Feng Shui is based on the belief that there is a continuous flow of energy between humans and their physical surroundings. The name is derived from the Chinese symbols for wind and water. A balance between the energy represented by the wind and the calmness represented by water creates harmony among people and between people and their surroundings, and this harmony promotes success, health, and a sense of community.

There is a Chinese proverb that speaks of the powerful connection our homes have with our lives, and it spotlights the number 27. If you want to change your life, move 27 things. It’s all about getting out of a rut and moving the stagnant, stuck energy in your home to assist you in moving the stuck, stagnant energy of your current life circumstances.

Why was Kate so dramatic in her changing ways? Because she felt stuck. She never talked about it, so I don’t think she knew how to articulate the fact that to hold on to her sanity, she needed to move the energy around her. She needed to move her stuff.

Maybe she felt stuck because it was the 1950’s and 1960’s and she was raising eight children. Seven boys and one girl. That’s a lot of chaotic energy inside one house to get wrapped up in.

Maybe she felt stuck because she wasn’t using her art degree in the way she dreamt she would. She was managing a household. In the Midwest. Where the winters are looooooooong.

Maybe she felt stuck because she ended up raising those 8 kids in a very small rural town. Not a lot happening there in that small town compared to her childhood and adolescent and young adult years in the cities of Cleveland and St. Paul. Not a lot of culture or art to immerse herself in. Maybe she was stuck in a proverbial prison of her own making: in her life circumstances and in her mind, as most of our proverbial prisons are.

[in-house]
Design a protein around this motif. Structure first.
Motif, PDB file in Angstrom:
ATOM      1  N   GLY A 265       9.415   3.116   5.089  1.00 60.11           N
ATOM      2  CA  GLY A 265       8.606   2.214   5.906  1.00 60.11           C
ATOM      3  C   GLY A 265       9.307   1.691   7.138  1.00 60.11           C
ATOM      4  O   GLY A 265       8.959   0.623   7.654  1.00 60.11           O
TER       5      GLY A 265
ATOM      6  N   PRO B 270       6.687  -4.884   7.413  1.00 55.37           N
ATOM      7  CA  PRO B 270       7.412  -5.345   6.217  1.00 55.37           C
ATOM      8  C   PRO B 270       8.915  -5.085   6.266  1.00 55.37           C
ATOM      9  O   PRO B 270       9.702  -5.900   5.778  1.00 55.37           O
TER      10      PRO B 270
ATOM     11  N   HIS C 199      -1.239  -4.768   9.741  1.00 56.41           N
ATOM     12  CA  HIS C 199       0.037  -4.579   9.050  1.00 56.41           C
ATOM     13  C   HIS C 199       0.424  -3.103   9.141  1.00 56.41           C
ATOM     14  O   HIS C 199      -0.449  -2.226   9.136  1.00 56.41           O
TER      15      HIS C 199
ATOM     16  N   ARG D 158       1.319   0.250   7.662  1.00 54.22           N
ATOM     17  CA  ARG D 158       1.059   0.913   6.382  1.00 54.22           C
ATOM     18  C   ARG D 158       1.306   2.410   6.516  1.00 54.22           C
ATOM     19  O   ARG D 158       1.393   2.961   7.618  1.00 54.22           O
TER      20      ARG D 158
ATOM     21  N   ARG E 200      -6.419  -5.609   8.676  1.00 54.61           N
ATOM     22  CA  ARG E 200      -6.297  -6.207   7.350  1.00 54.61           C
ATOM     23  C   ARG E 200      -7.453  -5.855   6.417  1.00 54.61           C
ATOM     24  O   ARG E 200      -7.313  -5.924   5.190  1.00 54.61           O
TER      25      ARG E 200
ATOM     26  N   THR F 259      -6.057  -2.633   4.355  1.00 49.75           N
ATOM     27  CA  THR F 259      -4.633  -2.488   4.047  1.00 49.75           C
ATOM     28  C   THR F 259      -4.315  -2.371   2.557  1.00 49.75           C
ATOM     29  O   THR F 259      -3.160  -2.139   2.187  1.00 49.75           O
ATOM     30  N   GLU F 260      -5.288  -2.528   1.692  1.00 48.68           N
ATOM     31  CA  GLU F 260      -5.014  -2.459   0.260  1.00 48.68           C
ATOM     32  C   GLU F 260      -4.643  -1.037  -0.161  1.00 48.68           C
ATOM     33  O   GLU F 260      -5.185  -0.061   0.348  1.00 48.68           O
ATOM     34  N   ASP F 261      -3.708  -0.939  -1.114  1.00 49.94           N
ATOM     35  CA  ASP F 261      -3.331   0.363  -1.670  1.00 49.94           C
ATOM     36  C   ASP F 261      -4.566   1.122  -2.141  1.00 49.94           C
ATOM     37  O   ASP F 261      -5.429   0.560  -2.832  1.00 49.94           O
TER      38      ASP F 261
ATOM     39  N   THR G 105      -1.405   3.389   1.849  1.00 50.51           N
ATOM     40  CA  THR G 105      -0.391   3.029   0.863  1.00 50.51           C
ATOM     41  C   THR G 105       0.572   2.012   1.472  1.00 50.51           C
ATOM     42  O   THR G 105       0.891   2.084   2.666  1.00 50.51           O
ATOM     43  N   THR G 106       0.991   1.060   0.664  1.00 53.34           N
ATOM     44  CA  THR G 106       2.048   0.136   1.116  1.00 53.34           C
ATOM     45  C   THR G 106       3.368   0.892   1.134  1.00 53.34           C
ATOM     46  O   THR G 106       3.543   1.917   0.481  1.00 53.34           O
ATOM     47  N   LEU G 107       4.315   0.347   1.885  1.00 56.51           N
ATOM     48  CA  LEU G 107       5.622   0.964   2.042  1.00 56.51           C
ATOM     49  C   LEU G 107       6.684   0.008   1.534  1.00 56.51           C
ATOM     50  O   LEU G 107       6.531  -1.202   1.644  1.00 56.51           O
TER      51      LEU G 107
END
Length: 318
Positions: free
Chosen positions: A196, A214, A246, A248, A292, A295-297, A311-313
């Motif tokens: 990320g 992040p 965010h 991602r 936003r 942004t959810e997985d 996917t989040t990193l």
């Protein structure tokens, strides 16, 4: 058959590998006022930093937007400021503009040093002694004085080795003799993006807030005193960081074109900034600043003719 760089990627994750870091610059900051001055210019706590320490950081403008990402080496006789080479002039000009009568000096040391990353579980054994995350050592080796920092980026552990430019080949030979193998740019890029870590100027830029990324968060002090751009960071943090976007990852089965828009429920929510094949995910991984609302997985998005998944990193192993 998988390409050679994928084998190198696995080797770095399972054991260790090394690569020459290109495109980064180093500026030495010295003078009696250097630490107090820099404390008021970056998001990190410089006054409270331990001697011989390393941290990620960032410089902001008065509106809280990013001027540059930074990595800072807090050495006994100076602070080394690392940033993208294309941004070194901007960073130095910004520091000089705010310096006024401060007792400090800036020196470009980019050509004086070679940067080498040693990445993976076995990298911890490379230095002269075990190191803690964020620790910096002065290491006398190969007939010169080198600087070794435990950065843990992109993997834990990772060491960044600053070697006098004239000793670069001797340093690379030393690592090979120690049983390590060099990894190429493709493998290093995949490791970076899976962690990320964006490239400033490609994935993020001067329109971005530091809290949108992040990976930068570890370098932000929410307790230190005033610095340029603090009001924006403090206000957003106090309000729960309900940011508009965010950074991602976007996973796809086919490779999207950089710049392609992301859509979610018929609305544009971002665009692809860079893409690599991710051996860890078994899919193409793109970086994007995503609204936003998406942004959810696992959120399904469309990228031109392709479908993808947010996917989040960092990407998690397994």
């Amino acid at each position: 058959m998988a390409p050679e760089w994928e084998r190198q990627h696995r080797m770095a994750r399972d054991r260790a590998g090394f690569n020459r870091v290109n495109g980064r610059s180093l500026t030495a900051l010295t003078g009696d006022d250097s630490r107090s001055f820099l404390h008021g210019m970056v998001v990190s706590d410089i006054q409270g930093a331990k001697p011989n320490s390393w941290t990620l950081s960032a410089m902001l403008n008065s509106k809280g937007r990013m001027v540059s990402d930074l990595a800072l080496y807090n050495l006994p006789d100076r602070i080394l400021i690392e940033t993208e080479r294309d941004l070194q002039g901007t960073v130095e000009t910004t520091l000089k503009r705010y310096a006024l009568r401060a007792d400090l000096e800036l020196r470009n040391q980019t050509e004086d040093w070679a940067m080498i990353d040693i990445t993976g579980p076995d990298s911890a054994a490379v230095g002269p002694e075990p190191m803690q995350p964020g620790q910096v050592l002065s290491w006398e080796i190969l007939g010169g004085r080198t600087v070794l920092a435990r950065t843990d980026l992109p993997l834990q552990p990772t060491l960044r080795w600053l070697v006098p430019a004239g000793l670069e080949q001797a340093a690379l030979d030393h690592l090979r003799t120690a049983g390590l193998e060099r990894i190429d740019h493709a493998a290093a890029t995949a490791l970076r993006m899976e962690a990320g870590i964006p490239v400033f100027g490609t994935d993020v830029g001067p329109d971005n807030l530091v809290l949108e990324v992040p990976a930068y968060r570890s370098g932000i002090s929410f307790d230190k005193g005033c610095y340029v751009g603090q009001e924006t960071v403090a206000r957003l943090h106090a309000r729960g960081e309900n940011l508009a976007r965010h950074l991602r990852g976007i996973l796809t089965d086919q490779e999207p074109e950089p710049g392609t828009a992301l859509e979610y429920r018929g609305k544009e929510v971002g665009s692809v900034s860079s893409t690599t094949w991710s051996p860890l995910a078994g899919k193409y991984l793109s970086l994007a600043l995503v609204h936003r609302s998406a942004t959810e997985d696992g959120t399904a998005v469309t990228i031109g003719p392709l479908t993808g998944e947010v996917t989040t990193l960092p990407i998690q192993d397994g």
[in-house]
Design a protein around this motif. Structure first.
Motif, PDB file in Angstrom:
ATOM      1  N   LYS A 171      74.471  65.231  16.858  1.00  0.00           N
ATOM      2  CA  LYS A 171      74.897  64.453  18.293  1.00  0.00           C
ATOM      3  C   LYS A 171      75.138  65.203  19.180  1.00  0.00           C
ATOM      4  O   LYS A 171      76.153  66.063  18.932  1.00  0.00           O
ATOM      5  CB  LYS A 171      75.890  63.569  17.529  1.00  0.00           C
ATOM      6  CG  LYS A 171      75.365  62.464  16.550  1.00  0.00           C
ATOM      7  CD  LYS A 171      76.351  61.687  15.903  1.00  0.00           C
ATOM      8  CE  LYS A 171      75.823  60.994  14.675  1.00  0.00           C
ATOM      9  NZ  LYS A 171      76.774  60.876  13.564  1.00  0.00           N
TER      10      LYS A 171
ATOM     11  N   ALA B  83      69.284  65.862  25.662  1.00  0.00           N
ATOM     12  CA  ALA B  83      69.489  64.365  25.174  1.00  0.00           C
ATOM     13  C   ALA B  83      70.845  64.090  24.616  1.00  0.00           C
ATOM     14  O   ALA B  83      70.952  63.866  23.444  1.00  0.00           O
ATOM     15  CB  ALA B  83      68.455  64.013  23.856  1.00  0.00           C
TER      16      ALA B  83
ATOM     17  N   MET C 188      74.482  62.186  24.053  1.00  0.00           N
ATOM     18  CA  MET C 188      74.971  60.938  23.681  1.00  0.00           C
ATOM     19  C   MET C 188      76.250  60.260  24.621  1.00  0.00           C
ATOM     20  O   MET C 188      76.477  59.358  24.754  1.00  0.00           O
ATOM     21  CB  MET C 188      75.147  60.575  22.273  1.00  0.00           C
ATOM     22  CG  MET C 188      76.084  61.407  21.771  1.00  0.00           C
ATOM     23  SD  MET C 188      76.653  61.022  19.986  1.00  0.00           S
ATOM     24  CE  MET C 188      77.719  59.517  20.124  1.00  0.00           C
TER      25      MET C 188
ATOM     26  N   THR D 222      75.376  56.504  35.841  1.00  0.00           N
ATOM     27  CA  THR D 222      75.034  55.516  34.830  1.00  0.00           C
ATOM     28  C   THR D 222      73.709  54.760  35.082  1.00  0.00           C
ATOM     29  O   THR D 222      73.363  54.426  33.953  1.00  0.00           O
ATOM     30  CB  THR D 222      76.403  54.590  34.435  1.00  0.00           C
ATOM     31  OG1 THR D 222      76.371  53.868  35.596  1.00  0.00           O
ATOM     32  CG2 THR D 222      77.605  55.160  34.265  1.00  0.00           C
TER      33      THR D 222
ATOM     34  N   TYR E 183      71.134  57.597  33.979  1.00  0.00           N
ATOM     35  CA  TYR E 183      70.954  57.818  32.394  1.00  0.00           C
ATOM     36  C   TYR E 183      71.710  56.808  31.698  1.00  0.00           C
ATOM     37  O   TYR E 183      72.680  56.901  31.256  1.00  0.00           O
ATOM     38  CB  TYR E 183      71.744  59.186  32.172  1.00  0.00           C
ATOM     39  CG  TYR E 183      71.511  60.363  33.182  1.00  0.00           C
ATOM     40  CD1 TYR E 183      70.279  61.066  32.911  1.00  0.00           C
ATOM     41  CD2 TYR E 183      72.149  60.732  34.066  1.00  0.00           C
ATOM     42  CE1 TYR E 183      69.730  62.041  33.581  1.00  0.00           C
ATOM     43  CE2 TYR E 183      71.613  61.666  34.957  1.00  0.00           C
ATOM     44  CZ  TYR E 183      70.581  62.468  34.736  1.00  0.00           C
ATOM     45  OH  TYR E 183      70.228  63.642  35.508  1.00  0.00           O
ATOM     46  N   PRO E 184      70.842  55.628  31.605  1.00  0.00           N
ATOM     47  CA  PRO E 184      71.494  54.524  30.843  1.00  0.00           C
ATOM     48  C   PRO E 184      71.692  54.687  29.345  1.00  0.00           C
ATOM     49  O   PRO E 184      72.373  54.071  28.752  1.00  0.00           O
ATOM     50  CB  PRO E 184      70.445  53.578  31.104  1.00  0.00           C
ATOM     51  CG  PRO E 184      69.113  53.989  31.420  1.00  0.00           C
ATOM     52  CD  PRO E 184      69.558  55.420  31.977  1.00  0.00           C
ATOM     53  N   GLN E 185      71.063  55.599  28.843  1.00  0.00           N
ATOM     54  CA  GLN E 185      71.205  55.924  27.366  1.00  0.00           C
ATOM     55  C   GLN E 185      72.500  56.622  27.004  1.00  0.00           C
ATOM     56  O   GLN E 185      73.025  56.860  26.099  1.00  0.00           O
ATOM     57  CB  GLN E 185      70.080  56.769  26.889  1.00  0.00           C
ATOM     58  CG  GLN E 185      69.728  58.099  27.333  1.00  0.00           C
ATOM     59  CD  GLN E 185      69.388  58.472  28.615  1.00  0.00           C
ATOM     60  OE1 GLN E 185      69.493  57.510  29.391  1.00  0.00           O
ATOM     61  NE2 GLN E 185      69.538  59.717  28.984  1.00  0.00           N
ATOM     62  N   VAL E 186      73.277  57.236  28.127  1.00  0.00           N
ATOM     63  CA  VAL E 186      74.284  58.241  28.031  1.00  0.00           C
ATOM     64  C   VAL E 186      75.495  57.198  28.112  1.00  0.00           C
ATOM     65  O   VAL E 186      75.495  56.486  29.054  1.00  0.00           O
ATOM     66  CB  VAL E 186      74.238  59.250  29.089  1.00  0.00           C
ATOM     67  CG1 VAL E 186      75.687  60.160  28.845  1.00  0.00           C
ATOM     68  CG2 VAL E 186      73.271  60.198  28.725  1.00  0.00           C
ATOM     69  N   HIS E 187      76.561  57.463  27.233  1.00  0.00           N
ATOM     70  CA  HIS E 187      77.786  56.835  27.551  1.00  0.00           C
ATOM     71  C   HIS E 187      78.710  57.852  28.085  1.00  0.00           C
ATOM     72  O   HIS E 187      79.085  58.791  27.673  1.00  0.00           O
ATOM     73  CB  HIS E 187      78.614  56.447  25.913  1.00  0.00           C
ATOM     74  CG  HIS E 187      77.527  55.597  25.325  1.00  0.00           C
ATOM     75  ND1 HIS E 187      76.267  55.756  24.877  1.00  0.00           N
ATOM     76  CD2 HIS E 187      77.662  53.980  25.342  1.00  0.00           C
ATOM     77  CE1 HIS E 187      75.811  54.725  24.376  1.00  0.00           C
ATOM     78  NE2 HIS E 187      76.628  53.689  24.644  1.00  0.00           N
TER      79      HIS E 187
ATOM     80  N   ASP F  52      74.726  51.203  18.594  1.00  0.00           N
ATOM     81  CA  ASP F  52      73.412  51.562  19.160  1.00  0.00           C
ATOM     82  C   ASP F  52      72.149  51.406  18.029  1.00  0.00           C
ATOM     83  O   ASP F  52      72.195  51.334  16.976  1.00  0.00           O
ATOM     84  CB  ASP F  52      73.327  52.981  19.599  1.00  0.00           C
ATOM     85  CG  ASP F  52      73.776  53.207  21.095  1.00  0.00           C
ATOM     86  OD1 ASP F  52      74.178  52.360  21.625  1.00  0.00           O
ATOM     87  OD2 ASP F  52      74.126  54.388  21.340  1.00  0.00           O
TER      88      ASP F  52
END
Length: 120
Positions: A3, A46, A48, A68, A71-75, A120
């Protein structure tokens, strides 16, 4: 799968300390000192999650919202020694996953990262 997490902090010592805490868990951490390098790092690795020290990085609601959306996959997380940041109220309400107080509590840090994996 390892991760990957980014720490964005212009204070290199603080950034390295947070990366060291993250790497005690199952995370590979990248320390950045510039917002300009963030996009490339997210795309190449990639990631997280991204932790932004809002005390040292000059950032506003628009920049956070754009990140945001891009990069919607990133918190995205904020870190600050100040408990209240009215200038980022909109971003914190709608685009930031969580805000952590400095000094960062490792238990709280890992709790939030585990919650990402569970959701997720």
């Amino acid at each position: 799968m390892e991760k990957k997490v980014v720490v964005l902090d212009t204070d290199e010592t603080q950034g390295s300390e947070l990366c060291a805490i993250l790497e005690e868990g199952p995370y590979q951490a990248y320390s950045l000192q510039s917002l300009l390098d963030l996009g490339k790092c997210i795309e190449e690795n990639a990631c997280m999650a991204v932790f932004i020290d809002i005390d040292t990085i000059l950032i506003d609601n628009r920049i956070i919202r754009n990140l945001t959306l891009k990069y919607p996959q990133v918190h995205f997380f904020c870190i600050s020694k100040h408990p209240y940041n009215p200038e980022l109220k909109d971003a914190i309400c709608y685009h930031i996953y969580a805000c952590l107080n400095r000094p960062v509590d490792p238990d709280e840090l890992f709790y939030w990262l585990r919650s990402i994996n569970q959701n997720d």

We all feel this to some degree, especially today in our Covid stuckness. Plus, it’s an election year. Each political side locked in their stubborn stance: horns stuck together into a knotted mess. When rams or deer get tangled up in a fight and lock horns with another, they die.

That’s right. They die.

It’s unhealthy to be stuck.

So here we are. We’re stuck in our homes, we’re stuck behind our masks, we’re stuck in a political death spiral, and here in the Midwest the darkness of winter has begun to tap on our door.

Stuck. Stuck. Stuck. What can we do about it?

We must do something.

Here’s what: Move your stuff. I mean it. Do this today.

In an article titled, “Rearranging the Furniture Makes Me Feel Better” (Achieving inner and outer harmony by moving things around)” Carrie Barron, M.D., Director of the Creativity for Resilience Program at Dell Medical School in Austin, TX writes:

“An impact on the environment, whether an imprint or a removal, lifts mood, provides concrete satisfaction, and instills a sense of effectiveness. Inner and outer harmony happen when pieces are placed in a way that makes sense for you.”

As I’ve expressed throughout this blog, I have a lot of “Kate Energy” in me. I inherited it from her. My aunt Holly talks about how there was always something new or changing inside their home. She and her brothers would come home from school and this or that was changed, transformed, made new. My kids have also experienced this. After I divorced, my kids spent time at both their dad’s house and my house. When they’d return to my house after a couple days of being away, they’d run around to see how many things they could find that had changed. It was a game they played each week.